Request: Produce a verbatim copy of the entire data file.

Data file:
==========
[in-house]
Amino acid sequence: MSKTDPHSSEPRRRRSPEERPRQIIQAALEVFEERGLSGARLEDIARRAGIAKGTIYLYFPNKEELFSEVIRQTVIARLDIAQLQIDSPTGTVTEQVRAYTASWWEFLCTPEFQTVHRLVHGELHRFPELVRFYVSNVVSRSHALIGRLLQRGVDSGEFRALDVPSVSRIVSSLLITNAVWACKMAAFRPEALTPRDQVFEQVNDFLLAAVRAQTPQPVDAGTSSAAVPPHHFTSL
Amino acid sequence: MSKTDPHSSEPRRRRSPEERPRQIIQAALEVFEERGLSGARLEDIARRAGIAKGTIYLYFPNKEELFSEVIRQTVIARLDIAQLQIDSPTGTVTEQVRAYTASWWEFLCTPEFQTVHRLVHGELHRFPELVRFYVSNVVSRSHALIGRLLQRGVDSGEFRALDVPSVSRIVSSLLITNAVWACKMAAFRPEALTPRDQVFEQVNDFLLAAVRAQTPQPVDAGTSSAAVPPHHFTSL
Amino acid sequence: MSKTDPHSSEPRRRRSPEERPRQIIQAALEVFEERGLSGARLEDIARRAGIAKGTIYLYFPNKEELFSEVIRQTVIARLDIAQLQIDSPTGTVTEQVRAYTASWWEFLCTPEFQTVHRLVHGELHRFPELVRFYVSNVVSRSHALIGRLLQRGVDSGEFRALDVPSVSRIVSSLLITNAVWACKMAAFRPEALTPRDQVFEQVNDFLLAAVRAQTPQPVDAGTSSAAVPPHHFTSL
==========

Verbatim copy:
[in-house]
Amino acid sequence: MSKTDPHSSEPRRRRSPEERPRQIIQAALEVFEERGLSGARLEDIARRAGIAKGTIYLYFPNKEELFSEVIRQTVIARLDIAQLQIDSPTGTVTEQVRAYTASWWEFLCTPEFQTVHRLVHGELHRFPELVRFYVSNVVSRSHALIGRLLQRGVDSGEFRALDVPSVSRIVSSLLITNAVWACKMAAFRPEALTPRDQVFEQVNDFLLAAVRAQTPQPVDAGTSSAAVPPHHFTSL
Amino acid sequence: MSKTDPHSSEPRRRRSPEERPRQIIQAALEVFEERGLSGARLEDIARRAGIAKGTIYLYFPNKEELFSEVIRQTVIARLDIAQLQIDSPTGTVTEQVRAYTASWWEFLCTPEFQTVHRLVHGELHRFPELVRFYVSNVVSRSHALIGRLLQRGVDSGEFRALDVPSVSRIVSSLLITNAVWACKMAAFRPEALTPRDQVFEQVNDFLLAAVRAQTPQPVDAGTSSAAVPPHHFTSL
Amino acid sequence: MSKTDPHSSEPRRRRSPEERPRQIIQAALEVFEERGLSGARLEDIARRAGIAKGTIYLYFPNKEELFSEVIRQTVIARLDIAQLQIDSPTGTVTEQVRAYTASWWEFLCTPEFQTVHRLVHGELHRFPELVRFYVSNVVSRSHALIGRLLQRGVDSGEFRALDVPSVSRIVSSLLITNAVWACKMAAFRPEALTPRDQVFEQVNDFLLAAVRAQTPQPVDAGTSSAAVPPHHFTSL